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A man stands outside a car in Hong Kong gridlock

Car Sales Drop in China after Economic, Market Woes

July 8, 2015
Chinese equities have lost more than $3.5 trillion in value since last month and the country's GDP has slowed to its weakest rate in almost a quarter of a century.

BEIJING — Passenger vehicle sales in China fell in June as slowing growth in the world’s second-largest economy and plunging share prices dampened consumer demand, an industry group said Wednesday.

Sales of sedans, multi-purpose vehicles (MPVs), sport utility vehicles (SUVs) and minivans declined 3.2% in June from a year ago to 1.43 million units, the China Passenger Car Association (CPCA) said.

The decrease was “a result of the stock market (coming off) the peak compounded with the slowdown in economic (growth),” the CPCA said in a statement posted on Chinese news portal Sohu’s auto channel.

Chinese equities have lost around $3.5 trillion in value in a rout that began last month, according to Bloomberg News, a huge sum by any standards.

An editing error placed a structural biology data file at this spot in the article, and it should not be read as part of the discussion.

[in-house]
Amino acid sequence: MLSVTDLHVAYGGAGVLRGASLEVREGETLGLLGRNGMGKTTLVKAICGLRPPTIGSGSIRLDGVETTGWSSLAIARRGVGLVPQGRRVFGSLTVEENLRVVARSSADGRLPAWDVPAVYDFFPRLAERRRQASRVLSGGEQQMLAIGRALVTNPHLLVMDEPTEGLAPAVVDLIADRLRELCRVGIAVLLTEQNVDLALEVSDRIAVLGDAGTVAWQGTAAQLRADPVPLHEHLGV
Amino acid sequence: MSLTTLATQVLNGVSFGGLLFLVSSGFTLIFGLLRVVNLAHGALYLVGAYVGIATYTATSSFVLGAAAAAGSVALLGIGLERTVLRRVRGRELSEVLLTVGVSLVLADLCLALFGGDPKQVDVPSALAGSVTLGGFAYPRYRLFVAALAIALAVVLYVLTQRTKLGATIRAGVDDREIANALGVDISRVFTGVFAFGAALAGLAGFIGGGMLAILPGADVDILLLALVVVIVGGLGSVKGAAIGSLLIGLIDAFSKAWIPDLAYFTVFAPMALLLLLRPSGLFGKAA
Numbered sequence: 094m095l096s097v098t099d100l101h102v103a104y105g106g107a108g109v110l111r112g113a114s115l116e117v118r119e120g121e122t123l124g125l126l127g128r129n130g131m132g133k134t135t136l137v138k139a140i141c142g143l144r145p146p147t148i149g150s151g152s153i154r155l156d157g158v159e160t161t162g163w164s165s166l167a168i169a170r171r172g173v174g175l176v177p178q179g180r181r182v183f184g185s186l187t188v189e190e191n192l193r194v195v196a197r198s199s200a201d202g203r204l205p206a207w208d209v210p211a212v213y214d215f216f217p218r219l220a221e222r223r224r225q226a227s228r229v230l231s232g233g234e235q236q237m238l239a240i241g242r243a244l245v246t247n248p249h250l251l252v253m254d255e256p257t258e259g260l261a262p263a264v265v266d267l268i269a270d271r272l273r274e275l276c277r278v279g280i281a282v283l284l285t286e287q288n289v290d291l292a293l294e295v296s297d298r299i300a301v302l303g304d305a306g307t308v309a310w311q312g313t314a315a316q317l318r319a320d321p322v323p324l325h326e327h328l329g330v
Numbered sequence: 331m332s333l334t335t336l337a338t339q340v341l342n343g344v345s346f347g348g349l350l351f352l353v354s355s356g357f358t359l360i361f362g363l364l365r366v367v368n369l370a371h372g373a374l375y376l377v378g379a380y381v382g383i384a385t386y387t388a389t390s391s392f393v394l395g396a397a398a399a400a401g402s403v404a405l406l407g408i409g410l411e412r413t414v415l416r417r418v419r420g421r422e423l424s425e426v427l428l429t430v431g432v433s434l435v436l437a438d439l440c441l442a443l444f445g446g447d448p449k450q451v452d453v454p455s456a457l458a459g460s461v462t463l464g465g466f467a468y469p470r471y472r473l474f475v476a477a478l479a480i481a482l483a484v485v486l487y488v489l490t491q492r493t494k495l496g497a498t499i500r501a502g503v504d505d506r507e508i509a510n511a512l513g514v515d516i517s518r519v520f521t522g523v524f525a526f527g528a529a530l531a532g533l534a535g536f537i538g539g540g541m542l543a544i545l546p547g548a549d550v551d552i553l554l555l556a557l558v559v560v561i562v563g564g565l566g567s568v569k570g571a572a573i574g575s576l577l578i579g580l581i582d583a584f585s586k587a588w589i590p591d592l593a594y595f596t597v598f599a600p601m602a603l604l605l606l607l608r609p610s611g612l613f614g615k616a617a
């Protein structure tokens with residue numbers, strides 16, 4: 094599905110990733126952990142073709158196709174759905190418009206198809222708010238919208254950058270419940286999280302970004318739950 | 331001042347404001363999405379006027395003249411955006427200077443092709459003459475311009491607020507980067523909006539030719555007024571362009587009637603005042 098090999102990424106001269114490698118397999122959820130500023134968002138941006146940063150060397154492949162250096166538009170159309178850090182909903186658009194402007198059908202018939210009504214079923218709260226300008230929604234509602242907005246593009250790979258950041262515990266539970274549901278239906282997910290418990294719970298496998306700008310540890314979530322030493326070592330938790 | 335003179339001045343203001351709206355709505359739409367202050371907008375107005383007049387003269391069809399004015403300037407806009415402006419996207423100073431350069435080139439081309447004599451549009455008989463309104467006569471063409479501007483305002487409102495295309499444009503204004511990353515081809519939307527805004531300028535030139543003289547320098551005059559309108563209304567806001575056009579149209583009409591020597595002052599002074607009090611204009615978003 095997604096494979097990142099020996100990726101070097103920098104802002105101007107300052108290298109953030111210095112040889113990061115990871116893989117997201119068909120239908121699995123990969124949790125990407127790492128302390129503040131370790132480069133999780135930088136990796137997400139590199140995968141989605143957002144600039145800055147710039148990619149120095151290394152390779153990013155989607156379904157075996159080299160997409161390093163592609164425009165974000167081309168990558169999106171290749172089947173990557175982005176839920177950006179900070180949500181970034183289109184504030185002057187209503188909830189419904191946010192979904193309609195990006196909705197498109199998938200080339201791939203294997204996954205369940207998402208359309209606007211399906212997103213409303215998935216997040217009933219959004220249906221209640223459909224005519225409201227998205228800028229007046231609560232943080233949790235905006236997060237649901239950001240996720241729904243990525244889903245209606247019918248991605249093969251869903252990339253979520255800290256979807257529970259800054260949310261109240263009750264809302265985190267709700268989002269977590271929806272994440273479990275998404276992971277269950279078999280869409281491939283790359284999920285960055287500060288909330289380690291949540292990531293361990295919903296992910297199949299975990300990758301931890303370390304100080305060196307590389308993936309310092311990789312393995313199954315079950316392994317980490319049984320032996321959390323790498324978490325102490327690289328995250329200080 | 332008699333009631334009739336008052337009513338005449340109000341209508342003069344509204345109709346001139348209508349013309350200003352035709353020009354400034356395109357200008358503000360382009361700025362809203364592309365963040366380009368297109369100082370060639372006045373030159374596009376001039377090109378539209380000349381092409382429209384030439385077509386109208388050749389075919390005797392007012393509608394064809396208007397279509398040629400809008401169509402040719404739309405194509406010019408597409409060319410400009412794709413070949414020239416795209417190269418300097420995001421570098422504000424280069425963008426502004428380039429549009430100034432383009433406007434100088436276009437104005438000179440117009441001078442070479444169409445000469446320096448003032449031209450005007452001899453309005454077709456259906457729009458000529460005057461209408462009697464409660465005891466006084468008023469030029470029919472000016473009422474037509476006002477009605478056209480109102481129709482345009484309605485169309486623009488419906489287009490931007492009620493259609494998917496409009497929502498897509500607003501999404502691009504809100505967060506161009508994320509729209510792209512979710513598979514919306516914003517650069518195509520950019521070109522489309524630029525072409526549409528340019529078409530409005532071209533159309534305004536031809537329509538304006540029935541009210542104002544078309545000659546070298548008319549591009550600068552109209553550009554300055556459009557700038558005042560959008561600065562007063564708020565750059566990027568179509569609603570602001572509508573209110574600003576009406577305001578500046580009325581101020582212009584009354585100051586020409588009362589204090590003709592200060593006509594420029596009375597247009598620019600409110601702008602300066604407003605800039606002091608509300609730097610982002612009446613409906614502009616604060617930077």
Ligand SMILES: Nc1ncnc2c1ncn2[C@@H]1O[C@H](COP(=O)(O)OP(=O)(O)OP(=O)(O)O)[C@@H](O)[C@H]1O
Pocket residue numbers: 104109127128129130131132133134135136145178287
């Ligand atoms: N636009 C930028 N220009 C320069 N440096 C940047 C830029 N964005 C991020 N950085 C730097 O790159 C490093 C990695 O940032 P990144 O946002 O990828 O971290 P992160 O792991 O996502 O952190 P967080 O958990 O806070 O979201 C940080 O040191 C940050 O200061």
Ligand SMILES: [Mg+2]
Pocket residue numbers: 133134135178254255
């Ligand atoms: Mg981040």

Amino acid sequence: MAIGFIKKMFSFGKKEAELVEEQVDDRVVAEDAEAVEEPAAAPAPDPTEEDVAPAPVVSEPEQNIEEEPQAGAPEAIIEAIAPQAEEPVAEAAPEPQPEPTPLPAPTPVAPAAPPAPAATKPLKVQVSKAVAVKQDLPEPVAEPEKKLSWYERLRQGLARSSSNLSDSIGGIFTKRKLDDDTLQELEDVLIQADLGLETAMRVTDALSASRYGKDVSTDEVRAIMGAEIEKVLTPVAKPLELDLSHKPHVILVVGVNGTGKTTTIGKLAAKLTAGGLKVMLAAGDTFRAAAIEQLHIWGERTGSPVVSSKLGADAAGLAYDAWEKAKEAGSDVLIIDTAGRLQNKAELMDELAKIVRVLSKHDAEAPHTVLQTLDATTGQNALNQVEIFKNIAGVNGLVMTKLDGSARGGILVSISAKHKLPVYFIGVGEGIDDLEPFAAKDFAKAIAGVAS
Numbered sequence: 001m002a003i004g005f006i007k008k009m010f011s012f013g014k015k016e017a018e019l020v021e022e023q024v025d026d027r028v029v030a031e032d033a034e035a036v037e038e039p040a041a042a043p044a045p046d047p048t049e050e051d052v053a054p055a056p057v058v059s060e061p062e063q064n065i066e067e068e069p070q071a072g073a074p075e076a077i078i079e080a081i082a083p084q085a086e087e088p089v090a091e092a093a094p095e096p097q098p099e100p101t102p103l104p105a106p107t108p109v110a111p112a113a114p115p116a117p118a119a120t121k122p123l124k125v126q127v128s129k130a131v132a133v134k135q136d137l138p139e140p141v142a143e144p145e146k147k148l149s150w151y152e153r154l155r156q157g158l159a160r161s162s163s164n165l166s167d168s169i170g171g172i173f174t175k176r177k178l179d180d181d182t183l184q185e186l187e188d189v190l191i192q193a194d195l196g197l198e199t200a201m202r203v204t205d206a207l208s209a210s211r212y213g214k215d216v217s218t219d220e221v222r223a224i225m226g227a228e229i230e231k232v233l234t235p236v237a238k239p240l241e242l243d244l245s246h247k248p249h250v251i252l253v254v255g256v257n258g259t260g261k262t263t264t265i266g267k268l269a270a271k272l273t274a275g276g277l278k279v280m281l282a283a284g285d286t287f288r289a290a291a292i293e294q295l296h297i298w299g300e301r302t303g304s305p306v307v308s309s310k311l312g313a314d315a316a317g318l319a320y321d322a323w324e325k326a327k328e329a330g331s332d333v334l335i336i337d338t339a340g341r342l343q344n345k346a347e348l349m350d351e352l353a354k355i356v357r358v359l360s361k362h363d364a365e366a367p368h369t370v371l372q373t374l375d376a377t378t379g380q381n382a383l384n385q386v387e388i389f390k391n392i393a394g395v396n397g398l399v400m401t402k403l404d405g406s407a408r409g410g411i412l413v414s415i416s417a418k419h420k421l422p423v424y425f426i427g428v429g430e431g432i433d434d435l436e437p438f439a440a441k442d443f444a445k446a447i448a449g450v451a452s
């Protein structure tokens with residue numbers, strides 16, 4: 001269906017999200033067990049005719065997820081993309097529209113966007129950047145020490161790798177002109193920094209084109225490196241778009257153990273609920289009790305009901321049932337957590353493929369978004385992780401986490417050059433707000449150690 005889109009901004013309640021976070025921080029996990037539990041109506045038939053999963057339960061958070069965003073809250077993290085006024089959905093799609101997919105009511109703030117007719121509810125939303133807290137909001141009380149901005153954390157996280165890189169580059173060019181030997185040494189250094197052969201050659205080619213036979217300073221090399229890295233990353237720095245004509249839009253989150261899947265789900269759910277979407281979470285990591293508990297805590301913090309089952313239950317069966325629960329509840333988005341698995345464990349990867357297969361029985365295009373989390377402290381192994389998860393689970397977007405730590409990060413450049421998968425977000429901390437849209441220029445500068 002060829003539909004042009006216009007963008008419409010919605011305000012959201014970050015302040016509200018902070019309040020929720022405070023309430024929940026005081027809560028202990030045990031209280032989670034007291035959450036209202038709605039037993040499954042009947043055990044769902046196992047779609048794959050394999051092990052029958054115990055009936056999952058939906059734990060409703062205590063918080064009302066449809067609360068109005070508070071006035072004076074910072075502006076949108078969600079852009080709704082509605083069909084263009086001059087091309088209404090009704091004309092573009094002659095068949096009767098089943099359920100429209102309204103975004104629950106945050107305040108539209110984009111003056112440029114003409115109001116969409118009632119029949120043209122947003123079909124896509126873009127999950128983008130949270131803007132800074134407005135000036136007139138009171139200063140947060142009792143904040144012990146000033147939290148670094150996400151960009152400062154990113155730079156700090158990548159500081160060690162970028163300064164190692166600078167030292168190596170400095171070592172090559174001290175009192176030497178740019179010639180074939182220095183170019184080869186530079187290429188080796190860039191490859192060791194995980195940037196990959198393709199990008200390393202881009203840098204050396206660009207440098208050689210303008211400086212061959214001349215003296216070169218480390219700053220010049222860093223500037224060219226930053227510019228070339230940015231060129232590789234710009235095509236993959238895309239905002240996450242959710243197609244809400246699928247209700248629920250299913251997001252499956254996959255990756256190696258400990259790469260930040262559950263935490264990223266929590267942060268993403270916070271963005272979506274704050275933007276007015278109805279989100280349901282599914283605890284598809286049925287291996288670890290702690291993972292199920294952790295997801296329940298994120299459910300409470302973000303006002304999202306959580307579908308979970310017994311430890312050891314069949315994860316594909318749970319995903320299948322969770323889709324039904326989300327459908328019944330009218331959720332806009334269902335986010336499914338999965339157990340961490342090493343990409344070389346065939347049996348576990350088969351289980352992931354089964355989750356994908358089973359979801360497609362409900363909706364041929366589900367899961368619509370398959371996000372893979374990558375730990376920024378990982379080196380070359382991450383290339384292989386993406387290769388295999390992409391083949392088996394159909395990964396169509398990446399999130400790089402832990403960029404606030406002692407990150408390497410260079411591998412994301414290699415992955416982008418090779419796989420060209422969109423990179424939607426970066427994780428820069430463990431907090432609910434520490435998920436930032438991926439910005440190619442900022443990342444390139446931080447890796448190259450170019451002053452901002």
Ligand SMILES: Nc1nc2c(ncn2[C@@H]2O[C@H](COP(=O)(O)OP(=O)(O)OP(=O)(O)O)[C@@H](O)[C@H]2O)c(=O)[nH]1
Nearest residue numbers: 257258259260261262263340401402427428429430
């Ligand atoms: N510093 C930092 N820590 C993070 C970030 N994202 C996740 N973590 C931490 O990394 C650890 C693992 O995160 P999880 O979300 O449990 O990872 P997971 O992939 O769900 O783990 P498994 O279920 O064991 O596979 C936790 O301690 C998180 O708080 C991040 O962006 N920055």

“The stock market turmoil has led more people to put off their plan to buy new cars,” the CPCA said, adding that dealers complained that some customers who had put down deposits had become “unwilling” or “did not have the cash” to pay the balance of their purchase.

Downward pressures on the broader Chinese economy had also affected the auto market as industrial companies’ profit growth slowed, it said.

“All organizations’ car buying enthusiasm is waning,” it said, adding that sales in the first six months rose 8.4% year-on-year to 9.89 million units.

China’s economy is in the grip of a slowdown as Chinese leaders try to engineer a transformation of the country’s expansion model whereby consumer demand becomes the main driver rather than investment.

GDP growth slowed to 7.4% in 2014, the weakest rate in 24 years. In the first quarter, it eased further to 7.0%, a post-global financial crisis low.

Many economists expect the expansion might have decelerated further in the second quarter on weakening investment and subdued domestic demand, despite Beijing taking stimulus measures to bolster growth.

Copyright Agence France-Presse, 2015

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